Great ideas for ‘re-feathering’ your empty nest

(ARA) – You’re proud that he made it through four years of college. You couldn’t be more thrilled that she landed her dream job, even if it’s in a city 1,000 miles from home.

But if you’re an empty-nester feeling pangs of loss as adult children move out, look for the silver lining — you can finally reclaim those areas of your house previously dedicated to the kids.

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2012, 40 percent of all American households will be headed by someone 55 and older, according to the National Association of Home Builders. If you’re among them, it’s time to think about how you will redecorate and repurpose spaces in your home, including bedrooms and playrooms, which have been kid-controlled for so long.

Reclaiming your home after the kids move out can lead to improved homeowner satisfaction and enjoyment, improve your home value, and even — some studies show — increase marital satisfaction. Not sure where to start? Here are a few helpful hints:

Bedrooms
You may not have been permitted to enter your child’s room throughout her teen years, but now that she’s off on her own it’s time to get in there, rip down those rock band posters, toss out the closet-worth of clothes that she outgrew years ago, and turn her room back into a functioning part of the household again.

You can either turn the room into the guest bedroom of your dreams, complete with linens and drapes out of a home fashion magazine, or you can tailor the space to your own needs as a home office or crafting room. Simply turning the space into a more adult environment can enhance home value, real estate experts agree. Home selling shows regularly feature selling specialists advising homeowners to replace kids’ clutter with a more grown-up look that will be more appealing to potential buyers.

The quickest way to help a kid’s room grow up — after you remove the bunk beds and lava lamp — is to repaint walls in neutral, sophisticated tones; replace worn, stained carpet; and replace kid-friendly curtains in primary colors with drapes in more subtle patterns and hues.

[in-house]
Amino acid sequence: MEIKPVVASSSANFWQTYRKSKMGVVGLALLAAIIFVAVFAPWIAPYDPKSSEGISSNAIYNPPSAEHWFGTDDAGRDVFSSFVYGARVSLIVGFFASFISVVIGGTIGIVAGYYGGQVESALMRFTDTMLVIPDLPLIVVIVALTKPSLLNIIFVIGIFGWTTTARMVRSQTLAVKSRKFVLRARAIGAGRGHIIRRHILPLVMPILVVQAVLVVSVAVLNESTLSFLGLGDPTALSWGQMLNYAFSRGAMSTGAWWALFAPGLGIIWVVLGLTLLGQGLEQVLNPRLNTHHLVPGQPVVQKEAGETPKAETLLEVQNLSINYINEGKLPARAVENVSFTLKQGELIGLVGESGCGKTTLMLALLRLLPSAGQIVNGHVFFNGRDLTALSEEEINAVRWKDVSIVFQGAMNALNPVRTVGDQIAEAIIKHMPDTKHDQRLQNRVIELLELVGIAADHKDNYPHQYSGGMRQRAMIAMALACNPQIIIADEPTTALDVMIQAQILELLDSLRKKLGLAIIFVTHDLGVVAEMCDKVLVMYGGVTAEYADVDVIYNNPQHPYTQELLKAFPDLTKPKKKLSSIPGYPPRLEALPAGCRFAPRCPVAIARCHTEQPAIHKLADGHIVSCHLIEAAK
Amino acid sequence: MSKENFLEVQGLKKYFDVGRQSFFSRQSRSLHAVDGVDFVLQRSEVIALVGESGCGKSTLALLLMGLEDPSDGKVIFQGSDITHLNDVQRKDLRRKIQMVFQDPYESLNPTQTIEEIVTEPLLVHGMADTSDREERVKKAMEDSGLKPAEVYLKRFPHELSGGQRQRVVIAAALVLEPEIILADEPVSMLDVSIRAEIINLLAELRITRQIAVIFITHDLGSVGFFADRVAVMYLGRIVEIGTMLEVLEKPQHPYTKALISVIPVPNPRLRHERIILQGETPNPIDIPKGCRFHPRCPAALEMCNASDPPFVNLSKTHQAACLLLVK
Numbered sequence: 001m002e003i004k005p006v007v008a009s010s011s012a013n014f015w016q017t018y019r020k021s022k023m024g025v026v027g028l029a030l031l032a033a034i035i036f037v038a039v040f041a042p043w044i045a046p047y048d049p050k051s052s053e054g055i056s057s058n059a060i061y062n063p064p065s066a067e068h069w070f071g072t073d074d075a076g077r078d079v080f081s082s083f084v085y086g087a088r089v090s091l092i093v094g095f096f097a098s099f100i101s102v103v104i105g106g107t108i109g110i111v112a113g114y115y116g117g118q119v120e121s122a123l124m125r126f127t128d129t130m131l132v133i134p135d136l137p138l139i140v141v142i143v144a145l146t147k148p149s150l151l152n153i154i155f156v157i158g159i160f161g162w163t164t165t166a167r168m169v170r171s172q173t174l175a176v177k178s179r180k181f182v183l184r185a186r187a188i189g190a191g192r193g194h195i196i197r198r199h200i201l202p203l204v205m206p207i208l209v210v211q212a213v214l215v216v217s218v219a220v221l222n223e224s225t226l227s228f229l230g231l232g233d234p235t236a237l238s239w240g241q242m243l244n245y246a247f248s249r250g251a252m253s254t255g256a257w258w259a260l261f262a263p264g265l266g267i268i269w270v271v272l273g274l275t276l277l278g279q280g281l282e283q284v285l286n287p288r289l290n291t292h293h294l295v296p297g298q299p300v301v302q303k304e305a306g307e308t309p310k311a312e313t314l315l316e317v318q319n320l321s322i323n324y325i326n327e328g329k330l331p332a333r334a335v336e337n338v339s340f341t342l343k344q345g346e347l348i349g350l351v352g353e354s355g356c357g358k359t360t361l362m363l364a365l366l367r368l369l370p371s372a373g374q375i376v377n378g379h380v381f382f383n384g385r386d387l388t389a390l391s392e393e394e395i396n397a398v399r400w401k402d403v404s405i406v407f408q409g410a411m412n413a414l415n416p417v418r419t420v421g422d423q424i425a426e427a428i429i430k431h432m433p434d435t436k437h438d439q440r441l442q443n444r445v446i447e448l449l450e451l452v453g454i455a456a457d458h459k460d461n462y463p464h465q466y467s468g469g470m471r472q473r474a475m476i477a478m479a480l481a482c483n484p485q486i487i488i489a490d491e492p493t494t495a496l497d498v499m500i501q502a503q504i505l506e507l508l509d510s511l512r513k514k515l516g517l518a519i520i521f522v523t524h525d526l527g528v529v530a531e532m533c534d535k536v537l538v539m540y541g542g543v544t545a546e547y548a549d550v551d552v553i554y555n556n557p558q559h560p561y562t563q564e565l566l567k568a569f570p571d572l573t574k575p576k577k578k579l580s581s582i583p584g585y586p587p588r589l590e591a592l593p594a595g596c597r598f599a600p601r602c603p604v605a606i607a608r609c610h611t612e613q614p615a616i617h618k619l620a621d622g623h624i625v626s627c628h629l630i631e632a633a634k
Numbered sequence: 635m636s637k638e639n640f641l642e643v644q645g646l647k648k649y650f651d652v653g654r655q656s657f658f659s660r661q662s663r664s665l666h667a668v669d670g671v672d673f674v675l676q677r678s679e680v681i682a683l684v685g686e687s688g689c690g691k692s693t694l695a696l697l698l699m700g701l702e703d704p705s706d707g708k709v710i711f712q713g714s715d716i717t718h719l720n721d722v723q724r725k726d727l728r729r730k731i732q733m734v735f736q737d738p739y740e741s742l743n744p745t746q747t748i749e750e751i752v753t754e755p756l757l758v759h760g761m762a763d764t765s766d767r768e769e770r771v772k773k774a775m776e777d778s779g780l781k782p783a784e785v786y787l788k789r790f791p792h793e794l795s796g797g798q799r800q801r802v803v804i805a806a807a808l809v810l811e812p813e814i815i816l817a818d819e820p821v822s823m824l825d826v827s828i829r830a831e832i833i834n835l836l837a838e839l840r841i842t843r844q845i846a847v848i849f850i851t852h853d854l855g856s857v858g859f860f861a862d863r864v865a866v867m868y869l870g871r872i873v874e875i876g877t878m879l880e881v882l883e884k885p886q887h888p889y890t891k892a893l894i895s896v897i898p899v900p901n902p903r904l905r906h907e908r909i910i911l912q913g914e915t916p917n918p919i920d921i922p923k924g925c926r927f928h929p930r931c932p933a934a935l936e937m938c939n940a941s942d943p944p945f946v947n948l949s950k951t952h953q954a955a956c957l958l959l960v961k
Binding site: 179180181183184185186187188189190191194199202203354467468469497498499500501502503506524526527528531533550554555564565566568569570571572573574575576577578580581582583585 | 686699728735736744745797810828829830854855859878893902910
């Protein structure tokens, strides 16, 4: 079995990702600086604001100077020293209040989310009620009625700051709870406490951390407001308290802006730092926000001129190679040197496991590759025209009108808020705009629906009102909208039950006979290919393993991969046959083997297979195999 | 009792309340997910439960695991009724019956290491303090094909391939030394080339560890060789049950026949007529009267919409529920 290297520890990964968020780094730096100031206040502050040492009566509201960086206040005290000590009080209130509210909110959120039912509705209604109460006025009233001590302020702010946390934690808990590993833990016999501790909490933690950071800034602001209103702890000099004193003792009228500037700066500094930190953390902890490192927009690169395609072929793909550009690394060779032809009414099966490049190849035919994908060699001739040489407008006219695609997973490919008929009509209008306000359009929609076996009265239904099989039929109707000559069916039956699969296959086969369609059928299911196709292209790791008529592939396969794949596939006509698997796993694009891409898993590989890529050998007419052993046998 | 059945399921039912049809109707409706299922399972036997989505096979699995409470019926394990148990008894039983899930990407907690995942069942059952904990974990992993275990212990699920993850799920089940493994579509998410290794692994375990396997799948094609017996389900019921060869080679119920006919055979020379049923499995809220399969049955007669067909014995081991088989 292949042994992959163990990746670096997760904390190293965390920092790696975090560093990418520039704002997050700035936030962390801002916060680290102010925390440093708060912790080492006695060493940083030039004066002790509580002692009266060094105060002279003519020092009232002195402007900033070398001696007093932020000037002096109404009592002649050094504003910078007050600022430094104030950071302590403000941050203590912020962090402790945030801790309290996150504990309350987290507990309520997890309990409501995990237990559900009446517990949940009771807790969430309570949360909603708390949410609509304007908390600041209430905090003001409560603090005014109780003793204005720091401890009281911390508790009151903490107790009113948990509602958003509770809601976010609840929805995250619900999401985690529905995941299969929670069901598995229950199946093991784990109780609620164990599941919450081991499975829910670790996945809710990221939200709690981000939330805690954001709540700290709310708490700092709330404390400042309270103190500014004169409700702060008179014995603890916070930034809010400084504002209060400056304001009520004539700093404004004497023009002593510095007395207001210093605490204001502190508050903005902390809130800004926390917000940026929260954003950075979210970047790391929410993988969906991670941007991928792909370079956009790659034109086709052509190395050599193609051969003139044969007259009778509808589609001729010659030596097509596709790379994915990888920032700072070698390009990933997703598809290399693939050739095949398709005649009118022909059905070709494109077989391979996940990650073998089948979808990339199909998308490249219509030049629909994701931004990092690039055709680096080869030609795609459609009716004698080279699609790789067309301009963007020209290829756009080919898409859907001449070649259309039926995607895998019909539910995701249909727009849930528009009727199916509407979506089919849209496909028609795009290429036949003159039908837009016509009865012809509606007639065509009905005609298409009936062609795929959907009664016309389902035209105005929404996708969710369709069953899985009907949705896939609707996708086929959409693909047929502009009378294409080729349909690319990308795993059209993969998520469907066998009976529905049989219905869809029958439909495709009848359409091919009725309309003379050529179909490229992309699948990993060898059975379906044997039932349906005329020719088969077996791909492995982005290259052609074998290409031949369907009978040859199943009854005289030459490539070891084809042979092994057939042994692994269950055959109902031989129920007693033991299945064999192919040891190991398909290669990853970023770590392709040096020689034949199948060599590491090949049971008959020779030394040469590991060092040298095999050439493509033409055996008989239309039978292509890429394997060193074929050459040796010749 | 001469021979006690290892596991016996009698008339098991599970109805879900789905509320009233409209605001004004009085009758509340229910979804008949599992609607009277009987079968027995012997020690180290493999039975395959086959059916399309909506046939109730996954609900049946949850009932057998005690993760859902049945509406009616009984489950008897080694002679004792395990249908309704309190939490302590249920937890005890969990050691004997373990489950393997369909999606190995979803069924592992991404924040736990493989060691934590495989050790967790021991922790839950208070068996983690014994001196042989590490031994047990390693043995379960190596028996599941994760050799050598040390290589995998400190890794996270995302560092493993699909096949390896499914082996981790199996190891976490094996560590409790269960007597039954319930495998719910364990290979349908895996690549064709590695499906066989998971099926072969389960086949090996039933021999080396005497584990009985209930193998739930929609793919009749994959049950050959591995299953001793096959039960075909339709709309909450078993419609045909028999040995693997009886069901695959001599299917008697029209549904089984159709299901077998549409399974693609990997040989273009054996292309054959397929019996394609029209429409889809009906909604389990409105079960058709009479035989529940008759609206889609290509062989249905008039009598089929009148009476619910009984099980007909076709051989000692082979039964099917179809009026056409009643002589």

Play areas
If your family rec room has long served as a staging area for kids’ slumber parties or acted as a repository for excess toys, it’s time to turn the space into something the grown-ups will enjoy. Clear out kid-specific items like the foosball table and the racks of Sponge Bob DVDs, and bring in that big-screen, high-def plasma TV you didn’t buy before because you couldn’t bear the thought of sticky fingerprints all over it.

Add that wet bar that you always wanted but were afraid would prove too much of a temptation for your teens. Install a surround-sound system and turn the space into a home theater.

Freshen the decor with adult colors or further personalize the space with an easy-to-hang wallpaper mural. Imagine replacing that wall of chalkboard paint with a mural of the New York City skyline, or a restful image of a lush, green forest. You’ll find a variety of grown-up-friendly images at www.MuralsYourWay.com. You can even have your own favorite photo — from that second honeymoon you finally got to take or your glory days on the high school football team — turned into a customized wall mural.

Seize the opportunity to re-feather your empty nest to your tastes. And don’t feel bad about doing it. Studies show that redecorating an adult child’s room so they know they “can’t go home again” actually helps them better make the transition to independence.

Courtesy of ARAcontent

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